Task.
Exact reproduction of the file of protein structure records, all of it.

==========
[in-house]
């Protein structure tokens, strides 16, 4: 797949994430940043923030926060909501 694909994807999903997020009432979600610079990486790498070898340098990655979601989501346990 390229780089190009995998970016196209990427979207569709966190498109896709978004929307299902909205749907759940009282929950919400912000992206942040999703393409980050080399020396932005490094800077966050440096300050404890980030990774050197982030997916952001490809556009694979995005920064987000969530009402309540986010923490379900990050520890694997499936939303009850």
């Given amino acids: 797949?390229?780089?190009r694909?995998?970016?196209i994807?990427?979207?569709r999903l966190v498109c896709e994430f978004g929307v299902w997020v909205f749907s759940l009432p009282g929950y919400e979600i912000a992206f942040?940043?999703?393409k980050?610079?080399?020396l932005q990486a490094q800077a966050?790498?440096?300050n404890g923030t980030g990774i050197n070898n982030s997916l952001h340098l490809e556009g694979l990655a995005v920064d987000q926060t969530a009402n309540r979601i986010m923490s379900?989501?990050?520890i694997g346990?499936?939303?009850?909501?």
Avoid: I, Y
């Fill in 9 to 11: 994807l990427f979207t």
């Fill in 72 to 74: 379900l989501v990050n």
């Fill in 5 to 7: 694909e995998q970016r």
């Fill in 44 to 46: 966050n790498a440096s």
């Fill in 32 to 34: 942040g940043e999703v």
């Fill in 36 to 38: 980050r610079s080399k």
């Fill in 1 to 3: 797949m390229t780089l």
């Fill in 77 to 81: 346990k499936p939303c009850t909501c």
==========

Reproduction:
[in-house]
């Protein structure tokens, strides 16, 4: 797949994430940043923030926060909501 694909994807999903997020009432979600610079990486790498070898340098990655979601989501346990 390229780089190009995998970016196209990427979207569709966190498109896709978004929307299902909205749907759940009282929950919400912000992206942040999703393409980050080399020396932005490094800077966050440096300050404890980030990774050197982030997916952001490809556009694979995005920064987000969530009402309540986010923490379900990050520890694997499936939303009850």
């Given amino acids: 797949?390229?780089?190009r694909?995998?970016?196209i994807?990427?979207?569709r999903l966190v498109c896709e994430f978004g929307v299902w997020v909205f749907s759940l009432p009282g929950y919400e979600i912000a992206f942040?940043?999703?393409k980050?610079?080399?020396l932005q990486a490094q800077a966050?790498?440096?300050n404890g923030t980030g990774i050197n070898n982030s997916l952001h340098l490809e556009g694979l990655a995005v920064d987000q926060t969530a009402n309540r979601i986010m923490s379900?989501?990050?520890i694997g346990?499936?939303?009850?909501?």
Avoid: I, Y
């Fill in 9 to 11: 994807l990427f979207t």
């Fill in 72 to 74: 379900l989501v990050n």
């Fill in 5 to 7: 694909e995998q970016r």
């Fill in 44 to 46: 966050n790498a440096s």
């Fill in 32 to 34: 942040g940043e999703v």
């Fill in 36 to 38: 980050r610079s080399k």
């Fill in 1 to 3: 797949m390229t780089l």
């Fill in 77 to 81: 346990k499936p939303c009850t909501c």